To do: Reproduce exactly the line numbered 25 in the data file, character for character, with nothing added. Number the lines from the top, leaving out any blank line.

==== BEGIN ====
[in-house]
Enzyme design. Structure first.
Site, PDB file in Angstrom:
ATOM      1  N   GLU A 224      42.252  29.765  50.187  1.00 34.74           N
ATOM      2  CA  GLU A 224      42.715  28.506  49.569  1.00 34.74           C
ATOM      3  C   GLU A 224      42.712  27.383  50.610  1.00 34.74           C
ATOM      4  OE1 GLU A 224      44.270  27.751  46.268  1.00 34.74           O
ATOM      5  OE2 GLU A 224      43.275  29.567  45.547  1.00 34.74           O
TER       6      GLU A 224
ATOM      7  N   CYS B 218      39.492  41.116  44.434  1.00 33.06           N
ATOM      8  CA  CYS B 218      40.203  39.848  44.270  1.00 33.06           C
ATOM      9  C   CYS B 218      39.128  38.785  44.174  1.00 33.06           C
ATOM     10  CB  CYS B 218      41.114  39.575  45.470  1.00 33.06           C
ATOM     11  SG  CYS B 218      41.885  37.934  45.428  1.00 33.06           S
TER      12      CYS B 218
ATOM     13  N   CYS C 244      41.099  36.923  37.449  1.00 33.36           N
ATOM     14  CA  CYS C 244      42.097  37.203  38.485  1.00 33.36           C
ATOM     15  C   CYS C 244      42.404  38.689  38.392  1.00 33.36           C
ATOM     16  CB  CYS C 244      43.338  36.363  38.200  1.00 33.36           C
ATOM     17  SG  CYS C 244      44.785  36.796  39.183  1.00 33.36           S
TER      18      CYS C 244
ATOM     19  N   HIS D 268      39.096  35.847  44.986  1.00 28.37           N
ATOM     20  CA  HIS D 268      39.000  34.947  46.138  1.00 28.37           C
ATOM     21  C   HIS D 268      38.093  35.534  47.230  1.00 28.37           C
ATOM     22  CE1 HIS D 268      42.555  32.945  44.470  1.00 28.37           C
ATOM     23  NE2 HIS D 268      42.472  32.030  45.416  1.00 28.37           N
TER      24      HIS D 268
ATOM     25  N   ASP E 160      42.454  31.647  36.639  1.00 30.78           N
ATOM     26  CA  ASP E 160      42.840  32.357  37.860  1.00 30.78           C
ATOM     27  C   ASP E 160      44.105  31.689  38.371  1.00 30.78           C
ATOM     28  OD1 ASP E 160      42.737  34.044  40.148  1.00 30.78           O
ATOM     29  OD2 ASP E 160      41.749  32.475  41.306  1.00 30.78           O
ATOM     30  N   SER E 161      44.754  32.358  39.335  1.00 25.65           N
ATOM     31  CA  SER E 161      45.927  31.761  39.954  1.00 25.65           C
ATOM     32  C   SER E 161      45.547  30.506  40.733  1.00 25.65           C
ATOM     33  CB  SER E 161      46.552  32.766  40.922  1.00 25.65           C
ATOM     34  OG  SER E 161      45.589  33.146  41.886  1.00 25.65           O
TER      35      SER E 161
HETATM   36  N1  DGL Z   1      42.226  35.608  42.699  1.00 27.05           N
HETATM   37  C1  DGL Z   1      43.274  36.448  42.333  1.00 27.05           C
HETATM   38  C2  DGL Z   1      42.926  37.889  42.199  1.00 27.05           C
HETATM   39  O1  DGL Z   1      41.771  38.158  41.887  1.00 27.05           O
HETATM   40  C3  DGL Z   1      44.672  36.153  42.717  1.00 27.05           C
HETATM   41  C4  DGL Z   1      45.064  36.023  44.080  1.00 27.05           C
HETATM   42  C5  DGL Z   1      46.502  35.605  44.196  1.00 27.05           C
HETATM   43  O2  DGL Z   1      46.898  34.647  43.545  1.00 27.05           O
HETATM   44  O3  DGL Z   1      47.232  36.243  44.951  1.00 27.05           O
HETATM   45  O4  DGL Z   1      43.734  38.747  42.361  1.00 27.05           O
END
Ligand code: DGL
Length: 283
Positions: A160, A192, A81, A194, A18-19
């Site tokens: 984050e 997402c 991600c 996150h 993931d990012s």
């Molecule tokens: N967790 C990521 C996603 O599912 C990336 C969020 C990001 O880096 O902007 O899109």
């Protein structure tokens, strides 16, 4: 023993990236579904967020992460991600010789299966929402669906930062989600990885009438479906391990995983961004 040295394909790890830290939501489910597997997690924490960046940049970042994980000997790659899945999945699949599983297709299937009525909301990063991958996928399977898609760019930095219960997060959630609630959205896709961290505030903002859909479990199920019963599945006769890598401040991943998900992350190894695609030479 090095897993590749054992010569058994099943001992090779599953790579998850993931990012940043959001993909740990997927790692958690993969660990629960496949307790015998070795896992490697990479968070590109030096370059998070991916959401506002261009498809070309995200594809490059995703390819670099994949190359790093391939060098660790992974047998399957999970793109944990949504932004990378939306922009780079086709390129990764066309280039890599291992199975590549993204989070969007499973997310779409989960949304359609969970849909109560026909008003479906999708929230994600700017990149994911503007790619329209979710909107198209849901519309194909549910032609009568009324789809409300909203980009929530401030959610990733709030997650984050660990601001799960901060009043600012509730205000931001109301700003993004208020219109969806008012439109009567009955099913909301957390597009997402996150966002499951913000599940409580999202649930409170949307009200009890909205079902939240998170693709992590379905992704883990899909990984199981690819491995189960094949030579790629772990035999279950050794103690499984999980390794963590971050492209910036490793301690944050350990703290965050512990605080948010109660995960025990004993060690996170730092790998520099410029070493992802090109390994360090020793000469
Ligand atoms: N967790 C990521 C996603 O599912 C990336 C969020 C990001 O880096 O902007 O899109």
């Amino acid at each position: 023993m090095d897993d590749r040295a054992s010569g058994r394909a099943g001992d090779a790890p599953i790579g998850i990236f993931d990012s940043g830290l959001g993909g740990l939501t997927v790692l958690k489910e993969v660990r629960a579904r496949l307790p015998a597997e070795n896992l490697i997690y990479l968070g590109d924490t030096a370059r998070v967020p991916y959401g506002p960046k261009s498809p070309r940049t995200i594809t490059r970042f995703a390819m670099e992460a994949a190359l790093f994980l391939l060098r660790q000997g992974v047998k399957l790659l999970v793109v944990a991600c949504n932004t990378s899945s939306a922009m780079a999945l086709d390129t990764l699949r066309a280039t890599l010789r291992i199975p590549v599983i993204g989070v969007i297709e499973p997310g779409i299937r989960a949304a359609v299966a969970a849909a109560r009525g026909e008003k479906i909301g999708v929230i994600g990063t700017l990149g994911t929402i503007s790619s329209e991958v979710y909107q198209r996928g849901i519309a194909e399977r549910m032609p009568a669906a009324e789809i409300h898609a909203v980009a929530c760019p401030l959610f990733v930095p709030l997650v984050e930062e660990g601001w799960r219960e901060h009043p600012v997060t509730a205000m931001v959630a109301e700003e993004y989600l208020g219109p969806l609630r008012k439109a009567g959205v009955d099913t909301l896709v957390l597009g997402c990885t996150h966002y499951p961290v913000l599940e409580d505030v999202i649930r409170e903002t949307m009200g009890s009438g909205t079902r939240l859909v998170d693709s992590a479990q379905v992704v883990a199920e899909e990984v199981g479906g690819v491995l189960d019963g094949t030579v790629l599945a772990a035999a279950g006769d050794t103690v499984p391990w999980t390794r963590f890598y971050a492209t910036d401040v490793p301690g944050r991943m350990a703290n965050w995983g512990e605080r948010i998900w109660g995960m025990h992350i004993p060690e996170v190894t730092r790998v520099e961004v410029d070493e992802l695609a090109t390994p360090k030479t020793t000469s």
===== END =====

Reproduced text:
ATOM     22  CE1 HIS D 268      42.555  32.945  44.470  1.00 28.37           C